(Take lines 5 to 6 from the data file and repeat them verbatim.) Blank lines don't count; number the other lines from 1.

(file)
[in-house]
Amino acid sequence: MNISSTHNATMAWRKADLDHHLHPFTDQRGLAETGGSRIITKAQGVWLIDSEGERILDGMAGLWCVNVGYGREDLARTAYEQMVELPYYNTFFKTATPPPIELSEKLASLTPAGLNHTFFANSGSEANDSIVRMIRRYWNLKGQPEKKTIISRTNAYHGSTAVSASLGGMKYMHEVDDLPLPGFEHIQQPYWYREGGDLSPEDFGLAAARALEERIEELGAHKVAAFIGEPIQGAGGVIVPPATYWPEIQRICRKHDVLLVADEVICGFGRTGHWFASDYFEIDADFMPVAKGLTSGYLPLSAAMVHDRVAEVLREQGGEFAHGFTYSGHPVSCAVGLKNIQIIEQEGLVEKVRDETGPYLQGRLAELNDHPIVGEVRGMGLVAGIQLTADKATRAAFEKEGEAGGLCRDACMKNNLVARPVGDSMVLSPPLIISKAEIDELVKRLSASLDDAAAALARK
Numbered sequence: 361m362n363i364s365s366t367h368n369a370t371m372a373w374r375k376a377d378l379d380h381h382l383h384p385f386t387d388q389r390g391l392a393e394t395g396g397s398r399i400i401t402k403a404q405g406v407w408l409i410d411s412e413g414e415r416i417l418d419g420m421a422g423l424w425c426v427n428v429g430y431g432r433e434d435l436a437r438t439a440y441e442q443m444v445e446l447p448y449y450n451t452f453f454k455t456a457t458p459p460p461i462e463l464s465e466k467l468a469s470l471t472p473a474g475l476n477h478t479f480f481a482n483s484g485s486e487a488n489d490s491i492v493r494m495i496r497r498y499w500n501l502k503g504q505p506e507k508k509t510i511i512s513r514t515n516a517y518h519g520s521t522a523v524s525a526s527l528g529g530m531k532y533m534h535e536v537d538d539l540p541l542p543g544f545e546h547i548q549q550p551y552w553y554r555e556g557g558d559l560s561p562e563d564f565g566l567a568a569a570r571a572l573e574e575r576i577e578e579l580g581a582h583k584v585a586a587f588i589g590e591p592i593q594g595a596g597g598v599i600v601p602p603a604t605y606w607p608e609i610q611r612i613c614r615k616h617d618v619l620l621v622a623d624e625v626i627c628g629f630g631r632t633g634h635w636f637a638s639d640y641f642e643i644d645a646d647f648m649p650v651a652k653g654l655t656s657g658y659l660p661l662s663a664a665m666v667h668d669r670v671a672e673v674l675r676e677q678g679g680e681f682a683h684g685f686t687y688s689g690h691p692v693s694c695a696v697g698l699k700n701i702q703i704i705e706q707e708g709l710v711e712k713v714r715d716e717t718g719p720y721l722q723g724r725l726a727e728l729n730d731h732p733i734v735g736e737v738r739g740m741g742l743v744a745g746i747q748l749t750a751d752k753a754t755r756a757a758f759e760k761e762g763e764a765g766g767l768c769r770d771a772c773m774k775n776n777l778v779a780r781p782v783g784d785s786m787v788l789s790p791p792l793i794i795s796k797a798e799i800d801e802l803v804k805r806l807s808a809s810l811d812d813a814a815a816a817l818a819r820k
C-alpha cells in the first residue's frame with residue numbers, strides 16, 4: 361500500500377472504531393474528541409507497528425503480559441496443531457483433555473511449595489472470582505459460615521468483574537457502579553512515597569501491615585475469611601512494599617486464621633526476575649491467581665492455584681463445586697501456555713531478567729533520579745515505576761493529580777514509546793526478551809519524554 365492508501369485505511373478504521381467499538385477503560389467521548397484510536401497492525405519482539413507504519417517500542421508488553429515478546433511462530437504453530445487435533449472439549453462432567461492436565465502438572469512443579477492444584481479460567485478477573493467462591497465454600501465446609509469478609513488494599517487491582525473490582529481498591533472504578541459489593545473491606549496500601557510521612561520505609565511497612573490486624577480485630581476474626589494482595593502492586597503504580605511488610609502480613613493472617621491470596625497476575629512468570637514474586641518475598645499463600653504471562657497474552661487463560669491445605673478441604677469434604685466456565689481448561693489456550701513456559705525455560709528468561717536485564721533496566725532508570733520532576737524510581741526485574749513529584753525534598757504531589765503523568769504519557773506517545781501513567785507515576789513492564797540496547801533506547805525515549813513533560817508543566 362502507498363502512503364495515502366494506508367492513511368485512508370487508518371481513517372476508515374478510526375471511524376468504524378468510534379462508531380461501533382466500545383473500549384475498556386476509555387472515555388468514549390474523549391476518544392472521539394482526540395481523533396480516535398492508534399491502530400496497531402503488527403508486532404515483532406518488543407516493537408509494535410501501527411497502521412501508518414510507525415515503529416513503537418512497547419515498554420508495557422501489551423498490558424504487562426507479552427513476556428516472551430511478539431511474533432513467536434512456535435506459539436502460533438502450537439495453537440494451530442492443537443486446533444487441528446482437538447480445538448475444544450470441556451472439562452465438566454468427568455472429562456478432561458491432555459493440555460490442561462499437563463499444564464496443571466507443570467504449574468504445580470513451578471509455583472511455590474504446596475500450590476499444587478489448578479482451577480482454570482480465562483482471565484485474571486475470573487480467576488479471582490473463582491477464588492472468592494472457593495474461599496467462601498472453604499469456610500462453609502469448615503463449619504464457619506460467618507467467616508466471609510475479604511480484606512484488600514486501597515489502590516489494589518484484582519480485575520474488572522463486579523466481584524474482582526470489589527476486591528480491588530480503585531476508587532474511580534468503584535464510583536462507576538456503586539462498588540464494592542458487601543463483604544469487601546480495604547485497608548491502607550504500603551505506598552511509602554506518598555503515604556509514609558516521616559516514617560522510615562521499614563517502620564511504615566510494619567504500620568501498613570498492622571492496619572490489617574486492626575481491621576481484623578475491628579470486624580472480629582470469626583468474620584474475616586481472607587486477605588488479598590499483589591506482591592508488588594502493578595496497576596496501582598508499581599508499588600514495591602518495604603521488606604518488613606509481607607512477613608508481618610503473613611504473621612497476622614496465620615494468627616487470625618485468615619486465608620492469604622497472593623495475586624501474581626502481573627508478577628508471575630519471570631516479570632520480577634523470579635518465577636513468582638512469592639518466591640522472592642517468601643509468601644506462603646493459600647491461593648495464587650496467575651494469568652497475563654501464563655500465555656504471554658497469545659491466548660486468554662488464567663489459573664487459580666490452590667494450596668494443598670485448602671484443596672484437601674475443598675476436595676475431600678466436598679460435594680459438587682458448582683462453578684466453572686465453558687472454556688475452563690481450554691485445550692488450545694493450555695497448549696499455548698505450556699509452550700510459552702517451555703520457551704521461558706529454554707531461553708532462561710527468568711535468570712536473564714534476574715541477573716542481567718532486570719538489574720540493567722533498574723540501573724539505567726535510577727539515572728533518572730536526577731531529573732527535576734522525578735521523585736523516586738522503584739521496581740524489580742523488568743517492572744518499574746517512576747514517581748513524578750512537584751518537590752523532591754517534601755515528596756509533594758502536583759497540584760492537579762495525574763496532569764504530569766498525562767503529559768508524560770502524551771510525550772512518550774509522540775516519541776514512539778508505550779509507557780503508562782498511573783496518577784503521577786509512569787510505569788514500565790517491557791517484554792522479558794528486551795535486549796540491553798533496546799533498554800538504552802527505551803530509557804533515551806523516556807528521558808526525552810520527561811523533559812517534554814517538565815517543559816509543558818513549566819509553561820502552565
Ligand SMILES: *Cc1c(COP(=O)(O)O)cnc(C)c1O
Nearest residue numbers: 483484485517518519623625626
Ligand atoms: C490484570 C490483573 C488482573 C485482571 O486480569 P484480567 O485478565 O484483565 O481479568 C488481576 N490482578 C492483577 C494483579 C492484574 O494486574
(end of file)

Ligand SMILES: *Cc1c(COP(=O)(O)O)cnc(C)c1O
Nearest residue numbers: 483484485517518519623625626